He shaped his Master’s thesis around Prophet’s Mosque and its parametric programming of kinematic systems, and was eventually offered the opportunity to continue that work through a PhD in architecture at the University of Stuttgart.  As a result, he says, he’s remained close to the academic world throughout his career.  He now splits his time between his structural engineering practice in Stuttgart and his teaching practice at Kassel University.

Through both, his fascination with lightweight structures has continued to evolve.  “It really started as an ideology to be aware of our impact in the building industry.  As a society, we focus all this energy on the climate impacts of transportation, but 40% of our CO2 emissions are coming from the building sector.  Given all of our problems with global resources and population, it’s not an ideology anymore; it’s a must.”

The best part of the work, he says, is his ability to be hands-on with every aspect of a project.  “As a civil engineer, there are days where I’ll talk to a saddler about sewing threads and needle sizes to sew membranes and then half an hour later I might be talking to an engineer about a complex software problem and then later still I’ll be figuring out how to move a 20-tonne mega steel roof in one piece.  Most other kinds of engineers end up highly specialised, whereas I get to jump scales and sizes constantly and touch absolutely everything.”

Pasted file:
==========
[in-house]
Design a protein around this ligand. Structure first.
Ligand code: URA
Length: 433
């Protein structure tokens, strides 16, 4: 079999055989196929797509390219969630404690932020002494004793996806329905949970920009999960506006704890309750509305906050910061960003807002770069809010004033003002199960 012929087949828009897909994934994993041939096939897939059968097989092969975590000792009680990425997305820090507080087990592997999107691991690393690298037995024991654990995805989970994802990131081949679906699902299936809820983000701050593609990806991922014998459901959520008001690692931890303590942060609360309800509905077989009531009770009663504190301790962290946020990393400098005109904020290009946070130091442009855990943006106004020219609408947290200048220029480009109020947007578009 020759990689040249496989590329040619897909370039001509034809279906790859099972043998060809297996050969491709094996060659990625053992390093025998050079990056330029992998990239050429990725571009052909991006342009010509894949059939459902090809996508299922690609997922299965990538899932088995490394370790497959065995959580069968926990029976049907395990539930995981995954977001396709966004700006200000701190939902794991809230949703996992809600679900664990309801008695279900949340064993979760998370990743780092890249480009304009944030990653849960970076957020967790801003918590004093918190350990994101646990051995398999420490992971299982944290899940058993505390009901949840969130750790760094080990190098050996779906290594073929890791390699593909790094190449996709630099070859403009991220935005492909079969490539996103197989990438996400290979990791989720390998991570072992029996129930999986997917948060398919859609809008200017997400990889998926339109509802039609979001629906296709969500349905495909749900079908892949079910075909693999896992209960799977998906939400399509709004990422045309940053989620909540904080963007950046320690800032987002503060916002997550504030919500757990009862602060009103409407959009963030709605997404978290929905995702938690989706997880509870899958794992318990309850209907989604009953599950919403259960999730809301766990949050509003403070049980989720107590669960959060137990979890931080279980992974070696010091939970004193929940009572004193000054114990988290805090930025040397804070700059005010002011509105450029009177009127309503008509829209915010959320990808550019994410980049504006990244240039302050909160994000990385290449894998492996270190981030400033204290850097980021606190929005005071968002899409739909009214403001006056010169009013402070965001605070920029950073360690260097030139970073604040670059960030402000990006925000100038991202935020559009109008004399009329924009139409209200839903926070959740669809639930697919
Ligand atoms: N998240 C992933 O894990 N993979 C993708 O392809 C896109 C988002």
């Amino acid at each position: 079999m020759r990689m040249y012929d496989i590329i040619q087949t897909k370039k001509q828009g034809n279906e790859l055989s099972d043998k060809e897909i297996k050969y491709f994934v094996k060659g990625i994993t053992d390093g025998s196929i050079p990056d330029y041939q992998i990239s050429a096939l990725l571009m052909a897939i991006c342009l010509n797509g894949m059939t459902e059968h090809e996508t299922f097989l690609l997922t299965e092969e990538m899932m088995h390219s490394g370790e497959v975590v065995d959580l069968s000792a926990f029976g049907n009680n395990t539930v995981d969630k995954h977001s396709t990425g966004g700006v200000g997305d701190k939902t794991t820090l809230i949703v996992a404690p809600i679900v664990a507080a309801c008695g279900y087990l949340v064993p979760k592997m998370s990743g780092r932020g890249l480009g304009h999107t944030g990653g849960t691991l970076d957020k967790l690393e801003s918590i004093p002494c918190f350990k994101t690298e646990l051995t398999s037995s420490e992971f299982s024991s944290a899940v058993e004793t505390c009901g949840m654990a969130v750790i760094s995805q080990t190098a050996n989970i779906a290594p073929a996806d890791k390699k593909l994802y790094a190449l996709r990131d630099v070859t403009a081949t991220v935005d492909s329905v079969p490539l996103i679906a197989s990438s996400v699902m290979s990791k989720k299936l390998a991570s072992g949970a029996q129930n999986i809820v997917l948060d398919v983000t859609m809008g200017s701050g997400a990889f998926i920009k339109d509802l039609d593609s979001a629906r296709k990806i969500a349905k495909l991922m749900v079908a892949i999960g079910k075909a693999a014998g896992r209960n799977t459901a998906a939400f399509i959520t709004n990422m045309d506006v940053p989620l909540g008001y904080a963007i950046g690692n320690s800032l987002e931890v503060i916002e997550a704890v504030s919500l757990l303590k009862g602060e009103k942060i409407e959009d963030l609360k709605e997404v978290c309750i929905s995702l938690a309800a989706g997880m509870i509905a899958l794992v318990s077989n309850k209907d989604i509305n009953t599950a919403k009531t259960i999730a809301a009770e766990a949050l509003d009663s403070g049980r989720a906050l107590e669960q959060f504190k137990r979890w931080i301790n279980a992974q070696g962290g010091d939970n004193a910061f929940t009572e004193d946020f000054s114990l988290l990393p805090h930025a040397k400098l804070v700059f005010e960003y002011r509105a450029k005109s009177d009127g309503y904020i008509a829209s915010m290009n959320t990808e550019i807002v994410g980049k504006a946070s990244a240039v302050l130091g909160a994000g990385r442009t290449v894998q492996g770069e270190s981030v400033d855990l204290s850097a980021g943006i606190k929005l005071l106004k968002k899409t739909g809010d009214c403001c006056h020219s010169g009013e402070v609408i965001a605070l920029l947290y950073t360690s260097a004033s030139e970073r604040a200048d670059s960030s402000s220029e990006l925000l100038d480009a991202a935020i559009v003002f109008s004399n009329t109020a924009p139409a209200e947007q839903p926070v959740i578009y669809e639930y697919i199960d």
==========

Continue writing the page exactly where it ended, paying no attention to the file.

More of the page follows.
Julian’s current research and passion lie in the ability to move beyond what he calls the “climate-aware methodology” to designs which can actually shape climates.  Through both his academic and his professional practice, Julian is now exploring how to make large, lightweight structures convertible and multi-functional in ways that positively contribute to local ecosystems.  “Through my early work with convertible structures I realised that, in a desert climate, you need to reflect sunlight in the daytime and then take away the shading surface at night.  This enables the cool air from the atmosphere to go directly into the big masses of the stone facades so that the building substance has a chance to cool down.  In collaboration with my PhD students, I’m now exploring how structures like convertible roofs could help shape local climates and ultimately be a positive influence on global temperature change.  We’re looking at how you can design in ways that the climate can actually profit from; so you don’t get these urban heat islands where city structures overheat and the heat radiates out and creates a problematic microclimate for the people who live there.”

Michele Saee Teulo

In keeping with his varied passions, Julian does not have  fixed expectations  in defining what’s next for himself and for str.ucture.  “I want to be open.  I want to see what doors open and where we can address our fascinations and our skills. One of the things that we are focusing on right now is the design and construction in existing contexts. Preserving, maintaining and modernizing through local adaptation rather than demolish and re-build. This is lightweight design.”

To connect with Julian, visit, follow str.ucture on LinkedIn, and check out the collaborative artworks that he creates with his wife, Marie Lienhard.


Bex De Prospo
Bex De Prospo